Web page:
“Crying’s OK,” she says, in case any parents are in doubt as to what might be acceptable from their offspring. “If you have a crawling baby you might want to sit near the front and bring in some toys.”
That new project aside, there are other new developments to tempt the palate of Hebden Bridge cinema aficionados.
One of the priorities is to make the kiosk as relevant to visitors as possible, so the cinema will be selling beer, Pilsner, cider and wine at its evening screenings, stocking Yorkshire Dales ice cream, bringing in new sweets and chocolates and stocking a range of gluten-free products.
Rebekah says: “We have such a faithful following. People come from as far afield as Padiham and Holmfirth and hopefully they like what we are doing.”
Rebekah’s role as manager of the cinema is in some ways a dream come true.
She studied law at Cambridge University and while there ran the film society at St John’s College, Cambridge, where she learned how to be a projectionist.
“I had always wanted to work in visual and performing arts and my interest in film goes back a long way,” she says.
She was a commercial property solicitor for seven years and, while working in Harrogate, studied part time for a Masters degree in Culture, Creativity and Entrepreneurship at Leeds University. She worked at Square Chapel Centre for the Arts, Halifax, from 2010 before leaving to have Dylan.
Hebden Bridge Picture House has 492 seats, so it’s large enough to generate a lively atmosphere when there’s a full house, yet intimate enough to provide a traditional warm and welcoming theatre experience.
That makes it ideal for the live music and comedy shows which occasionally arrive at the Picture House.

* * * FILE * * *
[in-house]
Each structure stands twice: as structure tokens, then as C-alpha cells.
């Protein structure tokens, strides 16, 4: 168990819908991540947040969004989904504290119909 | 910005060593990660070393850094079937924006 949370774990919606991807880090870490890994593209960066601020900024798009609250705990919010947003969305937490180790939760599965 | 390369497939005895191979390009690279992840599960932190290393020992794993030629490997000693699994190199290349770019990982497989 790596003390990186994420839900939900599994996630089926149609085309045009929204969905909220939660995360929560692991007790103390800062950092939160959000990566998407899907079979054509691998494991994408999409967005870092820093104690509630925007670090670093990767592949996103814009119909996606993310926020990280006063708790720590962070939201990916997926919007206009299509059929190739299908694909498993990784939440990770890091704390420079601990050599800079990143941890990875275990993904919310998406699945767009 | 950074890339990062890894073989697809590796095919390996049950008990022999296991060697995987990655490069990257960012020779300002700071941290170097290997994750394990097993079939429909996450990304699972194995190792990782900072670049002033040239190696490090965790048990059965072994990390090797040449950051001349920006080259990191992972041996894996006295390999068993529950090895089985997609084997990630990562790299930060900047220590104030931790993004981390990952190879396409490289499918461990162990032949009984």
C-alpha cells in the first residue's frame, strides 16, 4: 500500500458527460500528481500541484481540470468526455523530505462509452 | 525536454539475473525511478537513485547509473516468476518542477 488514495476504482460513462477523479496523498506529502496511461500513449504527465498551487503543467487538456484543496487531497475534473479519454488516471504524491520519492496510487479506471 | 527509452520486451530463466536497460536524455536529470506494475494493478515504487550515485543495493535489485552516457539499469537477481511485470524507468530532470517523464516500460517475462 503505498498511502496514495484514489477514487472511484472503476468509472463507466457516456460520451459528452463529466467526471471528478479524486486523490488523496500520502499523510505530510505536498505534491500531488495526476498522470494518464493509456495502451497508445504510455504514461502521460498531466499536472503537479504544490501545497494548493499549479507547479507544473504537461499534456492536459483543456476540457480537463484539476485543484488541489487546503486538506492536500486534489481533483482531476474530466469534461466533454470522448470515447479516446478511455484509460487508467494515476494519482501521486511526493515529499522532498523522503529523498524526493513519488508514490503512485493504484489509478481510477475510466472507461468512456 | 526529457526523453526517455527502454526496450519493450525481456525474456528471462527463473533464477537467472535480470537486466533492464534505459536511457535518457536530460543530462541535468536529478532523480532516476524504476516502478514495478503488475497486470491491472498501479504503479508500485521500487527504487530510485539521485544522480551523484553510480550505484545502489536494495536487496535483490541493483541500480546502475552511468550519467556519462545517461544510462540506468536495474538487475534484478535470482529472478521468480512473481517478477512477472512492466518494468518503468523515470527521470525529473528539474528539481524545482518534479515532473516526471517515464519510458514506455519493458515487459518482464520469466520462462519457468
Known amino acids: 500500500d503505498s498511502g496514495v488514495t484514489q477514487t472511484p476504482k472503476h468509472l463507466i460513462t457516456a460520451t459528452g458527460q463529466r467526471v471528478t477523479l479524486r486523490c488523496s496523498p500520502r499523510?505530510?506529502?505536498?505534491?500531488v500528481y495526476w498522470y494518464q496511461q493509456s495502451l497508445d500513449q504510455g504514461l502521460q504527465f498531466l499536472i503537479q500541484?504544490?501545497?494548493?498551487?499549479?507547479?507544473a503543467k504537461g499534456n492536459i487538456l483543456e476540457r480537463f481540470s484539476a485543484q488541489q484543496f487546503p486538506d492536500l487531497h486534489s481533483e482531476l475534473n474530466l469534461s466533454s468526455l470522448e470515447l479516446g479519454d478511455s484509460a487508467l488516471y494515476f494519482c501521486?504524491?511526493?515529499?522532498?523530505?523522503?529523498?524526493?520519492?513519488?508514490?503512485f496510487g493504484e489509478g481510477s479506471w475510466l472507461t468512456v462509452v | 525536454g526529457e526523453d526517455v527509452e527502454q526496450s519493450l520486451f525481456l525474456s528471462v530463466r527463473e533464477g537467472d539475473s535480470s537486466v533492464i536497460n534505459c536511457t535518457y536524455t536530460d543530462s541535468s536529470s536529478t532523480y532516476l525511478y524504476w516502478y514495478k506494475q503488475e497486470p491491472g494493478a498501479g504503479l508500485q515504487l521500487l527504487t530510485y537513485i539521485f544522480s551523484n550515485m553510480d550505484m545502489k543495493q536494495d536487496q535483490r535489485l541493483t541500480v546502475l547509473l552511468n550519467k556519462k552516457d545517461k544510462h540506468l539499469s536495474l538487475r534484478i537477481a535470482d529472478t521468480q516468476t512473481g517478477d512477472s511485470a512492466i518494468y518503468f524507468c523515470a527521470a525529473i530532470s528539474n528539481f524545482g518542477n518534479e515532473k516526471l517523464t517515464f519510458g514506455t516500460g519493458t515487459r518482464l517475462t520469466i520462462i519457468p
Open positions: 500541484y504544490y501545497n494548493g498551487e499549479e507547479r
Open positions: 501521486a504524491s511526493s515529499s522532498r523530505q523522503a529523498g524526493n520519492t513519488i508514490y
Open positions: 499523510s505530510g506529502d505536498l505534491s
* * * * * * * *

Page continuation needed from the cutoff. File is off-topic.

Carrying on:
In the autumn Scottish songstress Eddi Reader, former frontwoman of the band Fairground Attraction, played a lively gig at the venue.
And in the next few weeks the Picture House will host Lancastrian comedian Dave Spikey, who will be bringing the fourth incarnation of his show Words Don’t Come Easy to the upper Calder Valley - see next week’s paper for an interview with Dave and a chance to win a pair of tickets to the show on Thursday, March 14. The Picture House also has regular weekly screenings on Thursday mornings. The “Elevenses” screenings have proved to be popular and films already shown this month include Great Expectations (12A) and The Hobbit (12A). Life of Pi will be screened today (doors 10.15am, programme starts at 10.30am, feature starts at 11am).
There’s also a loyalty scheme called Picture This, which allows members to join either individually (£20) or have joint membership (£33).
Members get two complimentary tickets and two hot drinks on the night they join, and then 50p off the price of tickets on each subsequent visit. People can also join The Friends of the Picture House, a voluntary group that represents everyone who uses the venue.
Its elected committee meets regularly to consider what its members want from the Picture House and how the Friends can ensure that the cinema continues to thrive.
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Tuesday 18 June 2013